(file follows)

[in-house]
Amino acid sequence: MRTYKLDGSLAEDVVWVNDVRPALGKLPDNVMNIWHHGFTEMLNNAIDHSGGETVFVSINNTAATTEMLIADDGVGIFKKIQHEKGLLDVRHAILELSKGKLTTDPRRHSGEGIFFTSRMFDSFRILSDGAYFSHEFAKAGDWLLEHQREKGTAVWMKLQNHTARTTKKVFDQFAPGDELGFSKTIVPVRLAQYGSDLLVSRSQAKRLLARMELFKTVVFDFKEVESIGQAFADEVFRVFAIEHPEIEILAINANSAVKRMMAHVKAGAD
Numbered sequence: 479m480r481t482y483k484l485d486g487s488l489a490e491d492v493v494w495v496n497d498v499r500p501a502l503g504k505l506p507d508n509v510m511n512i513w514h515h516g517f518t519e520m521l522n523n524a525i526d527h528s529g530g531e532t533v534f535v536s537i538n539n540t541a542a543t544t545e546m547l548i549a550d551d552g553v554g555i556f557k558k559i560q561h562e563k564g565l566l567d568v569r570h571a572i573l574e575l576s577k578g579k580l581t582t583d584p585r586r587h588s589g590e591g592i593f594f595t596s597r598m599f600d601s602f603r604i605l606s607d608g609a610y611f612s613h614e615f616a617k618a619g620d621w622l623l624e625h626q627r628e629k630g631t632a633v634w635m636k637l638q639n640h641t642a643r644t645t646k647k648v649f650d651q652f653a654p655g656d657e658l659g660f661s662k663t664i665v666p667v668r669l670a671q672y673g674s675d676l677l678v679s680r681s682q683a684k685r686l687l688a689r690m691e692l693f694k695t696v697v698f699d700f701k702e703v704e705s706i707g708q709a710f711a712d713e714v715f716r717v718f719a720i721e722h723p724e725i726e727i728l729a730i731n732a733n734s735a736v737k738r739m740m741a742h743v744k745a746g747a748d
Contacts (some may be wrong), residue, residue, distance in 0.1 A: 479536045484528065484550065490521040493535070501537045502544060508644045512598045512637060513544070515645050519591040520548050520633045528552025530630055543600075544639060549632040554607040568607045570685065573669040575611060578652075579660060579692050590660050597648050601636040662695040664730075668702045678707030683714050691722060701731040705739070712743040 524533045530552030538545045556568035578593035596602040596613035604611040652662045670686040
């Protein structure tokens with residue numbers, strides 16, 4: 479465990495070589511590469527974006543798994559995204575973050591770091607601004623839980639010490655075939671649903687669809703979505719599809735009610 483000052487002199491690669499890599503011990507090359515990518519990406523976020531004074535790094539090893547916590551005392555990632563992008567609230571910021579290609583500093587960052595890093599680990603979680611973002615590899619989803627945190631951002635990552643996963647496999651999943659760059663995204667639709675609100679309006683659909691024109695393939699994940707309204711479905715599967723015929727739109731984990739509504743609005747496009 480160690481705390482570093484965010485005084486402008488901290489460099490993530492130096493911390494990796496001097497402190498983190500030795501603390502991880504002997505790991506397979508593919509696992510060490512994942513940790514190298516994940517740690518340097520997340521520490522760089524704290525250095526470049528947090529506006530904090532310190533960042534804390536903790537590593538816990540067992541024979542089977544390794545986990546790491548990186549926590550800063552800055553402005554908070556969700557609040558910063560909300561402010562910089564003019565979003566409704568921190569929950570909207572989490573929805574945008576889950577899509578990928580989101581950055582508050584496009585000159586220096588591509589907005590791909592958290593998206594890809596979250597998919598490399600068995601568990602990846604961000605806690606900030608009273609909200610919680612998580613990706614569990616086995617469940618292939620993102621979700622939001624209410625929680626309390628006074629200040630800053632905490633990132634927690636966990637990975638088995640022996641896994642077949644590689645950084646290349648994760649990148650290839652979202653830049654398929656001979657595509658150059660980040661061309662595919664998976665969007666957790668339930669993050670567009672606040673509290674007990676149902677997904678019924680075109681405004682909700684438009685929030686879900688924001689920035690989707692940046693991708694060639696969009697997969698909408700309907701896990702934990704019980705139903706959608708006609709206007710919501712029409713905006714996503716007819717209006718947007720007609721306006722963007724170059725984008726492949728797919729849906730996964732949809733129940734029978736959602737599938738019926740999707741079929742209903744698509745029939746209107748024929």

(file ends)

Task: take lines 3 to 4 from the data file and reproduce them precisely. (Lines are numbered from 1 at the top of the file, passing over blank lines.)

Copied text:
Numbered sequence: 479m480r481t482y483k484l485d486g487s488l489a490e491d492v493v494w495v496n497d498v499r500p501a502l503g504k505l506p507d508n509v510m511n512i513w514h515h516g517f518t519e520m521l522n523n524a525i526d527h528s529g530g531e532t533v534f535v536s537i538n539n540t541a542a543t544t545e546m547l548i549a550d551d552g553v554g555i556f557k558k559i560q561h562e563k564g565l566l567d568v569r570h571a572i573l574e575l576s577k578g579k580l581t582t583d584p585r586r587h588s589g590e591g592i593f594f595t596s597r598m599f600d601s602f603r604i605l606s607d608g609a610y611f612s613h614e615f616a617k618a619g620d621w622l623l624e625h626q627r628e629k630g631t632a633v634w635m636k637l638q639n640h641t642a643r644t645t646k647k648v649f650d651q652f653a654p655g656d657e658l659g660f661s662k663t664i665v666p667v668r669l670a671q672y673g674s675d676l677l678v679s680r681s682q683a684k685r686l687l688a689r690m691e692l693f694k695t696v697v698f699d700f701k702e703v704e705s706i707g708q709a710f711a712d713e714v715f716r717v718f719a720i721e722h723p724e725i726e727i728l729a730i731n732a733n734s735a736v737k738r739m740m741a742h743v744k745a746g747a748d
Contacts (some may be wrong), residue, residue, distance in 0.1 A: 479536045484528065484550065490521040493535070501537045502544060508644045512598045512637060513544070515645050519591040520548050520633045528552025530630055543600075544639060549632040554607040568607045570685065573669040575611060578652075579660060579692050590660050597648050601636040662695040664730075668702045678707030683714050691722060701731040705739070712743040 524533045530552030538545045556568035578593035596602040596613035604611040652662045670686040